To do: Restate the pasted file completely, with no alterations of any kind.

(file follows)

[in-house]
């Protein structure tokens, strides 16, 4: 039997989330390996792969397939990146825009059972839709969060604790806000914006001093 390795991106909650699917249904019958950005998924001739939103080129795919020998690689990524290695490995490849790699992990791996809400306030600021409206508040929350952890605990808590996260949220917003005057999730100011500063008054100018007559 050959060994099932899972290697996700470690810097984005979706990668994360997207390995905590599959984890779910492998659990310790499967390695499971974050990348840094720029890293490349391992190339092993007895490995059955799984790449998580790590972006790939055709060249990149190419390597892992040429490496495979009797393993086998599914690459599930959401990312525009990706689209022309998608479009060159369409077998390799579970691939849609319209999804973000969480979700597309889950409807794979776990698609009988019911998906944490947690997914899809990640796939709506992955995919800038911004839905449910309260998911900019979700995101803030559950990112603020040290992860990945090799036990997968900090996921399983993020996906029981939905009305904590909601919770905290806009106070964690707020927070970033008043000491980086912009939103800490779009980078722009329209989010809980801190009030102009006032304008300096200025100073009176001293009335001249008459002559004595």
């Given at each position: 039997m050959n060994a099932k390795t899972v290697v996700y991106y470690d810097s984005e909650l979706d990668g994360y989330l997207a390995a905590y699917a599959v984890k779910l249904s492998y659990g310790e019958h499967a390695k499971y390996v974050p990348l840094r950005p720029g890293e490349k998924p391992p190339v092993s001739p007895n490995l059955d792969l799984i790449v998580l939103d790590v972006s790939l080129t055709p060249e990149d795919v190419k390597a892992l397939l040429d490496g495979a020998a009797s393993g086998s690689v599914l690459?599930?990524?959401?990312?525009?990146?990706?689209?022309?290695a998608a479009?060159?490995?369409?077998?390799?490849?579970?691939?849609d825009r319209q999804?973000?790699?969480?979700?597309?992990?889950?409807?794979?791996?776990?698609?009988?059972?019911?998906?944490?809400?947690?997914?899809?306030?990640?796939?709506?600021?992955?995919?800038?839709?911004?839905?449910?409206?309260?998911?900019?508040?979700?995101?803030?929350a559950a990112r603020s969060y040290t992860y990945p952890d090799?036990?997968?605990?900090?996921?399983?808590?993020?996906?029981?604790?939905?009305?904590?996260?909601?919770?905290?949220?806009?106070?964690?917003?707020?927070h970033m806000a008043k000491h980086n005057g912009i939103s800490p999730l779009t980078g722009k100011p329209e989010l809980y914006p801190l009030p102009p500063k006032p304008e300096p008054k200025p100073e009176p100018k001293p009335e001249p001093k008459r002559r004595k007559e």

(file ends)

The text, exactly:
[in-house]
């Protein structure tokens, strides 16, 4: 039997989330390996792969397939990146825009059972839709969060604790806000914006001093 390795991106909650699917249904019958950005998924001739939103080129795919020998690689990524290695490995490849790699992990791996809400306030600021409206508040929350952890605990808590996260949220917003005057999730100011500063008054100018007559 050959060994099932899972290697996700470690810097984005979706990668994360997207390995905590599959984890779910492998659990310790499967390695499971974050990348840094720029890293490349391992190339092993007895490995059955799984790449998580790590972006790939055709060249990149190419390597892992040429490496495979009797393993086998599914690459599930959401990312525009990706689209022309998608479009060159369409077998390799579970691939849609319209999804973000969480979700597309889950409807794979776990698609009988019911998906944490947690997914899809990640796939709506992955995919800038911004839905449910309260998911900019979700995101803030559950990112603020040290992860990945090799036990997968900090996921399983993020996906029981939905009305904590909601919770905290806009106070964690707020927070970033008043000491980086912009939103800490779009980078722009329209989010809980801190009030102009006032304008300096200025100073009176001293009335001249008459002559004595």
């Given at each position: 039997m050959n060994a099932k390795t899972v290697v996700y991106y470690d810097s984005e909650l979706d990668g994360y989330l997207a390995a905590y699917a599959v984890k779910l249904s492998y659990g310790e019958h499967a390695k499971y390996v974050p990348l840094r950005p720029g890293e490349k998924p391992p190339v092993s001739p007895n490995l059955d792969l799984i790449v998580l939103d790590v972006s790939l080129t055709p060249e990149d795919v190419k390597a892992l397939l040429d490496g495979a020998a009797s393993g086998s690689v599914l690459?599930?990524?959401?990312?525009?990146?990706?689209?022309?290695a998608a479009?060159?490995?369409?077998?390799?490849?579970?691939?849609d825009r319209q999804?973000?790699?969480?979700?597309?992990?889950?409807?794979?791996?776990?698609?009988?059972?019911?998906?944490?809400?947690?997914?899809?306030?990640?796939?709506?600021?992955?995919?800038?839709?911004?839905?449910?409206?309260?998911?900019?508040?979700?995101?803030?929350a559950a990112r603020s969060y040290t992860y990945p952890d090799?036990?997968?605990?900090?996921?399983?808590?993020?996906?029981?604790?939905?009305?904590?996260?909601?919770?905290?949220?806009?106070?964690?917003?707020?927070h970033m806000a008043k000491h980086n005057g912009i939103s800490p999730l779009t980078g722009k100011p329209e989010l809980y914006p801190l009030p102009p500063k006032p304008e300096p008054k200025p100073e009176p100018k001293p009335e001249p001093k008459r002559r004595k007559e």